1. Section Editor(s): Pfeifer, Gail MA, RN

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Urolithiasis and abdominal pain in children. According to a study published in the December 2009 issue of Pediatrics, urolithiasis is often overlooked as a cause of recurrent abdominal pain in children. The researchers suggest that a correct diagnosis in children is difficult for three main reasons: painful urination and blood in the urine can occur sporadically; the location of urolithiasis-associated pain is often diffuse rather than specific, particularly in younger children; and calculi aren't always present on imaging, especially when stones have already passed. Such difficulties with diagnosis may also result in unnecessary appendectomy (in the study group, 16% of children had had appendectomies, compared with 1.5% in the control population). A family history of stones and abdominal pain occurring infrequently (four or fewer days per month) may be a signal to clinicians of the presence of urolithiasis, even in the absence of dysuria and hematuria.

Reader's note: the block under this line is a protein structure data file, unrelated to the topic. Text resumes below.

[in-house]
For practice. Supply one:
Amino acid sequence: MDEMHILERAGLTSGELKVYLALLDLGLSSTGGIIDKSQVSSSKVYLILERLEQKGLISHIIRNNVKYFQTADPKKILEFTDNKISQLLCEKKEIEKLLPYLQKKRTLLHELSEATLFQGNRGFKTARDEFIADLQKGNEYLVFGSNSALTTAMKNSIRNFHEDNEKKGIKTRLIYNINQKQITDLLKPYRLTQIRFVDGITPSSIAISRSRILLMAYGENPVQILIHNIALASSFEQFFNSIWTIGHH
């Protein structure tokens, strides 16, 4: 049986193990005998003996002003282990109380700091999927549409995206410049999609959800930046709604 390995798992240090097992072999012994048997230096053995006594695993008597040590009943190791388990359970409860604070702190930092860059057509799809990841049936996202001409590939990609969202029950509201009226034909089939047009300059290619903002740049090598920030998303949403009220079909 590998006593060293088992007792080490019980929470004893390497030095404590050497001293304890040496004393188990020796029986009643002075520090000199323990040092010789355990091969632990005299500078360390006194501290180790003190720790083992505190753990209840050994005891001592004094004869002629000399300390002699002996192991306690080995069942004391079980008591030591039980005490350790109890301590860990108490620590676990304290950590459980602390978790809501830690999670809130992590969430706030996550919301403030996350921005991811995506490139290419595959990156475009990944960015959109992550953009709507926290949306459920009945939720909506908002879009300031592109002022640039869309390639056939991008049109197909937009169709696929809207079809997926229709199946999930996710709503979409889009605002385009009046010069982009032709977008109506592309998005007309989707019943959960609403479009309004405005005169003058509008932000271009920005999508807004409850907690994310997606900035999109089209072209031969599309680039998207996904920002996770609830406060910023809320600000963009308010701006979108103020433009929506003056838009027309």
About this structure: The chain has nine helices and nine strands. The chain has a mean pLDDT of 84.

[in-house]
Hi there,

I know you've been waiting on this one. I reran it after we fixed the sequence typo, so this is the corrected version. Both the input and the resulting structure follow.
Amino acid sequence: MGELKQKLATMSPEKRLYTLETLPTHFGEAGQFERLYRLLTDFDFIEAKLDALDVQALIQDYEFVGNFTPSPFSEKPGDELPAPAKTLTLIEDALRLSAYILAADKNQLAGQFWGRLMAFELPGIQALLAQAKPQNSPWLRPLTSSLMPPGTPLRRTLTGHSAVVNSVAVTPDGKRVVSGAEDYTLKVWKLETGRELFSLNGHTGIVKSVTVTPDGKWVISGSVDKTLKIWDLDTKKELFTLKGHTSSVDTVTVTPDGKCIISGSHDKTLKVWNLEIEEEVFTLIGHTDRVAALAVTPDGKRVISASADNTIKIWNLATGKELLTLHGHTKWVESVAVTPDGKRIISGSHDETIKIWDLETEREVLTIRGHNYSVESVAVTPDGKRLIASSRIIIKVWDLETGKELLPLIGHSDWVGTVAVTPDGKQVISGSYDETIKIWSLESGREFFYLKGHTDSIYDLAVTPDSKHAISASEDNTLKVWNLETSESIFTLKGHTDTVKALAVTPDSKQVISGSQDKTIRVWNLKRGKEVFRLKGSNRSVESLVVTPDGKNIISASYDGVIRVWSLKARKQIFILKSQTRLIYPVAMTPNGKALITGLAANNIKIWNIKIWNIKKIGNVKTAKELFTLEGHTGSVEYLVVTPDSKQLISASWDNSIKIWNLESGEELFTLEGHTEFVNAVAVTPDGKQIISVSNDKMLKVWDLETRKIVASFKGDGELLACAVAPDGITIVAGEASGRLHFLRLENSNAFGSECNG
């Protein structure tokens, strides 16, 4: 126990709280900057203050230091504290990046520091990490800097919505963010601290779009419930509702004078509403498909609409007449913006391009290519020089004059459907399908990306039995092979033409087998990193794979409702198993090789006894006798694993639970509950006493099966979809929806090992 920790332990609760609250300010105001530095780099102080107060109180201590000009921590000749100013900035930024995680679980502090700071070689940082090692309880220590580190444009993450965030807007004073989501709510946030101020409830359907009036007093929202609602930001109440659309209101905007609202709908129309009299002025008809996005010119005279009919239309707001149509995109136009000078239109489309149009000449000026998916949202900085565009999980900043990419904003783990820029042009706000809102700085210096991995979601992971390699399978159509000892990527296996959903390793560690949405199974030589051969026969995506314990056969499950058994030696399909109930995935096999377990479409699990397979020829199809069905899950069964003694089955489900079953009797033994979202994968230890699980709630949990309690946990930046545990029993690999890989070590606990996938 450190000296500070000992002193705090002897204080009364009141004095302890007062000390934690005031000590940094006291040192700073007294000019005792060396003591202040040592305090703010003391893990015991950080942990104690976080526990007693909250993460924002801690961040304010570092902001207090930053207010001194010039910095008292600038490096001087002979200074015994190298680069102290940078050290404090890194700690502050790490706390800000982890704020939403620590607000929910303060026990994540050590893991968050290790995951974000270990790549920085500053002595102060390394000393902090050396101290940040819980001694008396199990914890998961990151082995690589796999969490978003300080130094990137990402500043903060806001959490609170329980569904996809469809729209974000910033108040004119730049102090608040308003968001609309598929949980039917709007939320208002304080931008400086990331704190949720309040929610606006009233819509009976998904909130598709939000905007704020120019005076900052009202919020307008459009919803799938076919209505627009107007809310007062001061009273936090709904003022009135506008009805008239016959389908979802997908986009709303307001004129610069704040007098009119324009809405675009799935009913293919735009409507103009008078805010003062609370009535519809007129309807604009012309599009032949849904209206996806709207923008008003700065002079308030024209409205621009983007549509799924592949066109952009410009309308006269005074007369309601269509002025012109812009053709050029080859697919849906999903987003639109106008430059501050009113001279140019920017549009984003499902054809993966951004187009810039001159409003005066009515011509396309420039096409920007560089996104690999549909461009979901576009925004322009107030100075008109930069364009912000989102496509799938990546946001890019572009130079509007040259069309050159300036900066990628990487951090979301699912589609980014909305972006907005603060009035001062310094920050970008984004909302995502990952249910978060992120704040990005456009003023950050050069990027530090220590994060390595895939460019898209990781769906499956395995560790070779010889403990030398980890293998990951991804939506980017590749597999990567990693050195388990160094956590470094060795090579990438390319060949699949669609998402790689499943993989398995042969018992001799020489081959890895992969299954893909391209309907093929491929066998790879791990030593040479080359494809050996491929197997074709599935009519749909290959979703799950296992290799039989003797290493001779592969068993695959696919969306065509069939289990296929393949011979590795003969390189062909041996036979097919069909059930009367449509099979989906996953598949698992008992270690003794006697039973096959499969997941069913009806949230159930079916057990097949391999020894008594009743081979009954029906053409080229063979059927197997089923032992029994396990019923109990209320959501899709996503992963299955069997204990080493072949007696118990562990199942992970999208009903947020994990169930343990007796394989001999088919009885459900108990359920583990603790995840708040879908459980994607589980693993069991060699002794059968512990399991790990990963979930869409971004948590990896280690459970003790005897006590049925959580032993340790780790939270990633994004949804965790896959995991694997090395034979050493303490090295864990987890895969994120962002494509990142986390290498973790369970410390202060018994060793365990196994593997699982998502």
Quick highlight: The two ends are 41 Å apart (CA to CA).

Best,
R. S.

Figure. In December ... - Click to enlarge in new windowFigure. In December 2009, several major nursing unions united to form the National Nurses United (NNU)-a "superunion" that brought more than 150,000 nurses together by combining the California Nurses Association (CNA)/National Nurses Organizing Committee with the Massachusetts Nursing Association (MNA) and some members of the United American Nurses (UAN). As their first act, on December 8 delegates to the founding convention rallied outside the Phoenix offices of the Arizona Hospital and Healthcare Association to urge nurses to challenge hospital industry attacks on nurses' rights, patient care conditions, opposition to ratios, and other critical legislation. The NNU's newly appointed Council of Presidents comprises leaders from the three founding organizations, shown here from left to right: Jean Ross (from the UAN), Karen Higgins (from the MNA), and Deborah Burger (from the CNA). Photo by Jaclyn Kelley Higgs.